The standard California Residential Purchase Agreement states on Page 3 of 10, Section 5, Sub-Section C Letter (i) Property shall be vacant at least 5 days prior to Close Of Escrow, unless otherwise agreed in writing. NOTE TO SELLER: IF YOU ARE UNABLE TO DELIVER PROPERTY VACANT IN ACCORDANCE WITH RENT CONTROL AND OTHER APPLICABLE LAW, YOU MAY BE IN BREACH OF THIS AGREEMENT.
The question is Yolanda, what did your Purchase Agreement reflect with regards to the Tenants? I recommend that you speak with your Agent & your Broker to get a clarification regarding this matter right away. Your Agent should have explained this to you before you signed the Purchase Agreement and clarified the status of the Tenants with the Listing Agent during your 17 day Inspection period. I also recommend that you speak with a Licensed Real Estate Attorney to further protect your families best interest. Good luck!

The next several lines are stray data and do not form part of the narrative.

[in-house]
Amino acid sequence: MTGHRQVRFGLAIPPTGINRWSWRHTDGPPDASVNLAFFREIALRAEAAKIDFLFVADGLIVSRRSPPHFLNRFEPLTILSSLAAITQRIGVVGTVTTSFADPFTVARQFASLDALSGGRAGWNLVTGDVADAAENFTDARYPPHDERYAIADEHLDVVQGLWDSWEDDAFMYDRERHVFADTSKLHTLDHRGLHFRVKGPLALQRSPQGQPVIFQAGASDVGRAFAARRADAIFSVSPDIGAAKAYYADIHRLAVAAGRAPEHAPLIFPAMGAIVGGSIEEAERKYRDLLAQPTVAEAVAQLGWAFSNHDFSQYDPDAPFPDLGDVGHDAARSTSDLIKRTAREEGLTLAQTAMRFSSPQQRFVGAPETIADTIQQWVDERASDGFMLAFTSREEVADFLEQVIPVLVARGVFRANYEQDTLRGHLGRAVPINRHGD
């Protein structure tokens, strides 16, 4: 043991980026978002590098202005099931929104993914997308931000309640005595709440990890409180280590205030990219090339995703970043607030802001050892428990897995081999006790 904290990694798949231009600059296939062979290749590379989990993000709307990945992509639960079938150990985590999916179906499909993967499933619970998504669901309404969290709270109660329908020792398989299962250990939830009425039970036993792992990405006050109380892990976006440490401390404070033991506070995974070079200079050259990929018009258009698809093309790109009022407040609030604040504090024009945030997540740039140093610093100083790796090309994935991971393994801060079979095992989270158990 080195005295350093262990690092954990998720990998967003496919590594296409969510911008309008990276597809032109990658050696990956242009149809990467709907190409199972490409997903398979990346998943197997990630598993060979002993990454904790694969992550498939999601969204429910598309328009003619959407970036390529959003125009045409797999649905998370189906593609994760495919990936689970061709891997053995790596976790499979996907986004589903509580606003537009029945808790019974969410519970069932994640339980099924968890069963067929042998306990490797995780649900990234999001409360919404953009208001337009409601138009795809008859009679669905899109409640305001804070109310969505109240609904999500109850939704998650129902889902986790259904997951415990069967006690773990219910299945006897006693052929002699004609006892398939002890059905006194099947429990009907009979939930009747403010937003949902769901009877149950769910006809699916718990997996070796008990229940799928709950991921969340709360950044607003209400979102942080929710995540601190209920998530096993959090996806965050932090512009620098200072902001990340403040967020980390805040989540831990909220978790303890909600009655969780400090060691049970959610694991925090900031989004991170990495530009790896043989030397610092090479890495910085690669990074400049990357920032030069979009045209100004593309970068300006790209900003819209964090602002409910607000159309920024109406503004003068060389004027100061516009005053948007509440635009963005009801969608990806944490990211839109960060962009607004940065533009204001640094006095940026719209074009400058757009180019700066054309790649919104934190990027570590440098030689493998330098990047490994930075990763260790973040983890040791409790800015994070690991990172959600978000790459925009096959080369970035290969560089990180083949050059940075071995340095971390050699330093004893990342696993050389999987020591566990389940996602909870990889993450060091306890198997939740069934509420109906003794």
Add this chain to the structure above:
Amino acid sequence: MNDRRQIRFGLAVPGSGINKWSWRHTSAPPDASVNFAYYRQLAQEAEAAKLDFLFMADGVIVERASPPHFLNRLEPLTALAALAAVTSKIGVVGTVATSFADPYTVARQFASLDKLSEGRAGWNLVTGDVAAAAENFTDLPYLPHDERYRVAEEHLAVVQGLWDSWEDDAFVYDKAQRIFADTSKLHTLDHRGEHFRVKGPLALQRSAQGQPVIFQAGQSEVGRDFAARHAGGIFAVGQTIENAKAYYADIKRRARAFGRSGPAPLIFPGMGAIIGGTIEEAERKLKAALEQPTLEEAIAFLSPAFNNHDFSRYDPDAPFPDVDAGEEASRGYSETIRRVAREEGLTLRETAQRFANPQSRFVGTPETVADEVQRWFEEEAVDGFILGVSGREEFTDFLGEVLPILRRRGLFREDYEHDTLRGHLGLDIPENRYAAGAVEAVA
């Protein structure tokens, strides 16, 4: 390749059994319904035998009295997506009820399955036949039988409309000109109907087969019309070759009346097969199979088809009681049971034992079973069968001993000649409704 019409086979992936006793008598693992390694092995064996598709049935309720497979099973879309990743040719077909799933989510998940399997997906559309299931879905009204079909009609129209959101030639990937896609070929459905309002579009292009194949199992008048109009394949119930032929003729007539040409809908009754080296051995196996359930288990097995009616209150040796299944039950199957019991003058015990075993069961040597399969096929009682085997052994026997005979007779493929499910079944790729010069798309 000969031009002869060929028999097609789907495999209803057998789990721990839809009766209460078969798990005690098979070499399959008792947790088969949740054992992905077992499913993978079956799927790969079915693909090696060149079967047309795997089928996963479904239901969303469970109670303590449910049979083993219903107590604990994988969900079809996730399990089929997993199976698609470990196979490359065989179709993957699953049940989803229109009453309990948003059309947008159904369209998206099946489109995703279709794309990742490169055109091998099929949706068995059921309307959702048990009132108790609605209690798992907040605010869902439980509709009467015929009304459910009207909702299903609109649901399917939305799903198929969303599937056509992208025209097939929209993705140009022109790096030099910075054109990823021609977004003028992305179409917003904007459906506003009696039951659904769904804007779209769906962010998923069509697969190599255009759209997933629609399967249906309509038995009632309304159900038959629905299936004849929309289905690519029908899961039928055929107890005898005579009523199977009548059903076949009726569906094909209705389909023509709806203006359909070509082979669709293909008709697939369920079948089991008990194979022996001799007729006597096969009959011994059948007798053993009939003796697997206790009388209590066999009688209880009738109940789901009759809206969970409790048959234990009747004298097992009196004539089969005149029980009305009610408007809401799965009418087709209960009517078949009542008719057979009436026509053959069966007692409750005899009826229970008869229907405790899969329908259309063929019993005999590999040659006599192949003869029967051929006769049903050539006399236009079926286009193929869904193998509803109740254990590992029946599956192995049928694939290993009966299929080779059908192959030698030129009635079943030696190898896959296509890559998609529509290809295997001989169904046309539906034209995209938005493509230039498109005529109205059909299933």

You do NOT want the tenants to damage the house though. See if the buyer & listing side agents will assist in donating toward the security deposit on their next house OR if you're not being booted from your own rental property, let the tenants rent back from you for a week or 2 and then they'll move.
You probably got an awesome deal on your short sale, don't blow it now & honestly, at this point, the seller MUST sign escrow papers to release your deposit back to you & they don't have to do that, they can force you to close, if the tenant is the only issue, and it's not a matter of the home being in a worse condition.
You need to play nice with the tenants to get them out & get them out in a neat & orderly fashion.